Earlier this spring representatives from the industry and the community dedicated a refurbished historic village, a partnership that can serve as a national model to preserve history.
During the early years of our industrial development, canals moved raw materials and finished goods to commercial areas. By 1840, more than 3,000 miles of canals linked bustling areas of business to distant markets. One of these canals ran for more than 100 miles from the coal mining regions toward the port of Philadelphia. John Frick, a farmer in northeastern Chester County allowed the construction of two locks, 54 and 55, on his property, completing a critical portion of this transportation artery.
The Schuylkill Canal began operation in 1825, allowing hundreds of barges to pass through. Due to the bustling business activity, Frick’s Lock village developed around the canal. The oldest house in the village dates back to 1757, as Great Britain was waging the Seven Years’ War against the French and local Indian tribes in North America. The genealogy of the settler’s families and history of the area is discussed in The History of Frick’s Locks by Paul Sumner Frick.
The canal’s peak operating years were between 1830-1860. By 1841, the Schuylkill Navigation transported more than 737,517 tons of cargo annually. In that same year, the Philadelphia and Reading Railroad (P&R) was completed, creating rivalry between these two forms of transportation. In 1870, the Schuylkill Navigation Company leased its waterway to the railroad for a period of 110 years. Under P&R’s control, the barge traffic declined. The Delaware and Raritan Canal was owned by the competing Pennsylvania Railroad (PRR) and Schuylkill Canal boats were denied access to this important nearby waterway. The PRR invaded the Schuylkill’s territory with the construction of its Schuylkill Branch in the mid-1880s. Railroads became dominant in the transportation of raw materials and other goods by the late 1800s—the last barge floated down the canal around 1930. In 2003, Frick’s Lock was placed on the National Register of Historic Places.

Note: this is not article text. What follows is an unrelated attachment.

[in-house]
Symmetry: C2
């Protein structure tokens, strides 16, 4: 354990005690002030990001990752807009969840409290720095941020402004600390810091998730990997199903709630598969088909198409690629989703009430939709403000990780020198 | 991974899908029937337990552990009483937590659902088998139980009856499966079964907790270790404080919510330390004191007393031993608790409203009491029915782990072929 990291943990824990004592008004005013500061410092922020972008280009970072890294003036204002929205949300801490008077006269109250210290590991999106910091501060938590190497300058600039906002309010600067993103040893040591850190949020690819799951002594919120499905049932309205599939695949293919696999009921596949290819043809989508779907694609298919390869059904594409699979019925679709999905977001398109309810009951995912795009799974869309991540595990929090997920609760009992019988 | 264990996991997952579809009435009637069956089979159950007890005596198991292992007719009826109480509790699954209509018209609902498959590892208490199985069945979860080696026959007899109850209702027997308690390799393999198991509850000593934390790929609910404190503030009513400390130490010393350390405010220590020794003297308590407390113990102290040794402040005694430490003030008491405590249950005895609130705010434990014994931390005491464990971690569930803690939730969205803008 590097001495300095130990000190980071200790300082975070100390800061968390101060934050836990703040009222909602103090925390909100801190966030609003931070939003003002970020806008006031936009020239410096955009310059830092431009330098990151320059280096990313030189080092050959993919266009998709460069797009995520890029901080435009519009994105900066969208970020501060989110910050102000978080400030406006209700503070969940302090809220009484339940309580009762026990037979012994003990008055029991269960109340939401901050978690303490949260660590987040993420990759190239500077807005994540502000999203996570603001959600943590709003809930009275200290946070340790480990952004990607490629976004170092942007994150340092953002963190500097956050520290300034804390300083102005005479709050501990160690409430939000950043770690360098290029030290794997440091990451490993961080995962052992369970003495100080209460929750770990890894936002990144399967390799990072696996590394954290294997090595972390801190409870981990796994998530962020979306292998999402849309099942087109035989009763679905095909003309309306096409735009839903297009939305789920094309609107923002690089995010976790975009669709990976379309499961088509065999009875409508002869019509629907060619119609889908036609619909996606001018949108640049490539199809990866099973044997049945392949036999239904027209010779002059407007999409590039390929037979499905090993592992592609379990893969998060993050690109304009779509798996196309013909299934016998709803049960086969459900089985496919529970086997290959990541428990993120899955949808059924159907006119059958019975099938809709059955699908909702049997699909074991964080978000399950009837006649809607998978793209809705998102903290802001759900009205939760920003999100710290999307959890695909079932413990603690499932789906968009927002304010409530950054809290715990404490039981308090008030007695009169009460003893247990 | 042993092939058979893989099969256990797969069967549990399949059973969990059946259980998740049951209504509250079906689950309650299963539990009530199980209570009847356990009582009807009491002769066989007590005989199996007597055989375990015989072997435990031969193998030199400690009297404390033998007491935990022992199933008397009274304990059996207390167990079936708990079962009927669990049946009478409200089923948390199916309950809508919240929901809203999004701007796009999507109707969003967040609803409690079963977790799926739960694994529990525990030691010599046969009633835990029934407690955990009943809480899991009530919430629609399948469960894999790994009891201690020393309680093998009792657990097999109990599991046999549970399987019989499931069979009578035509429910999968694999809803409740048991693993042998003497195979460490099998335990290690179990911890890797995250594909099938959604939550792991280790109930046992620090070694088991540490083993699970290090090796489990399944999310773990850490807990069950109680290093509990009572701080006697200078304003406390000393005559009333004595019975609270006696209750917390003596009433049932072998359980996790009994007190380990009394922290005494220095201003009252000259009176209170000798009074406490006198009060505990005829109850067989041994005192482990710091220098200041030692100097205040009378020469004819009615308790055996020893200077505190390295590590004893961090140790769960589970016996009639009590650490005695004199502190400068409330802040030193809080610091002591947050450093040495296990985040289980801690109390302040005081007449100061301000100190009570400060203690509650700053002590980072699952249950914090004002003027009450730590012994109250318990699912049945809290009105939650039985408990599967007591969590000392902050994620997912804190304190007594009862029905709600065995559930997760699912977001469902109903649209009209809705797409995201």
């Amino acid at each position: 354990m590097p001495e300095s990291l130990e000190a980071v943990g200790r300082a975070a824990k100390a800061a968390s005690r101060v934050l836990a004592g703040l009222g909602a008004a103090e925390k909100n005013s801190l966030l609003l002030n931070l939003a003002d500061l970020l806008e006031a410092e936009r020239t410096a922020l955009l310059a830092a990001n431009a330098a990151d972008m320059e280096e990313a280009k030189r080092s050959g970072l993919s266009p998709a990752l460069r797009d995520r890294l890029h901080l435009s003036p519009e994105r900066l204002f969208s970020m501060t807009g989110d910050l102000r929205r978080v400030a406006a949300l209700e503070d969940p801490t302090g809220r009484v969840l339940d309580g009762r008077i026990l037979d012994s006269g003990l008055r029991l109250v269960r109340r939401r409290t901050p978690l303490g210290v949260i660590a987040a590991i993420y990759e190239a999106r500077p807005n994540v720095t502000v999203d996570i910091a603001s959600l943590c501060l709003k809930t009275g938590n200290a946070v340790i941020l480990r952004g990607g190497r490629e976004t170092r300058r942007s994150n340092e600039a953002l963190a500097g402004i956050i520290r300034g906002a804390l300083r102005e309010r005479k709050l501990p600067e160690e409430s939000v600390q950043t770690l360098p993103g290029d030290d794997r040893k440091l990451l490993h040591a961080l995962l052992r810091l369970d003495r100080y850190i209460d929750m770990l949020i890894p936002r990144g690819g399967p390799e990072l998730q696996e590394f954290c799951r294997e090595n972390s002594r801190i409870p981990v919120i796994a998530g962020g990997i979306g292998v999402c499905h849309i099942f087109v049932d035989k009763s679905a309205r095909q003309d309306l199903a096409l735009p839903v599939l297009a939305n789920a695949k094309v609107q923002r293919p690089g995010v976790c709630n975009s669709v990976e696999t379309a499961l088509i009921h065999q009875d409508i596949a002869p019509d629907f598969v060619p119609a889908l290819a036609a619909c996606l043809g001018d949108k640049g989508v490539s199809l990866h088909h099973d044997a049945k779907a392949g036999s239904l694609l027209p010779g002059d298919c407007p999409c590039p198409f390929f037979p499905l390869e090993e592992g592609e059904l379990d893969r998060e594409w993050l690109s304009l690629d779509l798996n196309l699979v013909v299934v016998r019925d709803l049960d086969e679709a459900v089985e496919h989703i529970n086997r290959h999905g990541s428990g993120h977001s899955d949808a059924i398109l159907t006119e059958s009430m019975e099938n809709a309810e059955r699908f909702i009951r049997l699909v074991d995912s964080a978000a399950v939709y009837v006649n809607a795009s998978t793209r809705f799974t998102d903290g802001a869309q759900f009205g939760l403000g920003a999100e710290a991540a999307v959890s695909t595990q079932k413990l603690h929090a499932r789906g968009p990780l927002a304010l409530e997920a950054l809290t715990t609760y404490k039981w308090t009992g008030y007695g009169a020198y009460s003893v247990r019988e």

When the Philadelphia Electric Company (PECO) planned to build a nuclear power plant along the Schuylkill in the early 1970s, they knew they would need an “exclusion area” for safety around the plant. PECO contacted landowners in Frick’s Lock for purchase of their properties. By 1980, the last residents had left the area to allow the construction of the power plant, but managers at PECO (later Exelon, the new parent company) realized that the town had historic significance and wanted to preserve the structures in the area. A committee was formed which included personnel from the Township Historical Commission, Exelon, Chester County Parks and Recreation, the Schuylkill River Heritage Authority, and local government. Exelon earmarked $2.3 million for the restoration and preservation of several historic homes in the village. On May 10, 2013, representatives from Exelon and East Coventry Township along with U.S. Representative Jim Gerlach and State Senator Andy Dinniman met for an historic re-dedication of the newly restored village. The ceremony was especially touching, with Larry Frick (son of Paul Sumner Frick) describing how his father loved the rich heritage of the area.
Due to rapid economic development, many of America’s historic landmarks are falling by the wayside. The Frick’s Lock project is one good example of how business can thrive and help preserve our heritage. Exelon has been commended for its generous contribution to restoring this important part of our local history. The Schuylkill River Trail is also expected to be completed in the near future. It hopes to bring casual hikers and perhaps even a few history buffs right by the locks.
Gene Pisasale is an author and lecturer based in Kennett Square. He’s written five books, including “Abandoned Address – The Secret of Frick’s Lock,” which focuses on the history of the village and some of the greatest inventors of the Industrial Revolution. His website is www.GenePisasale.com. Gene can be reached at Gene@GenePisasale.com.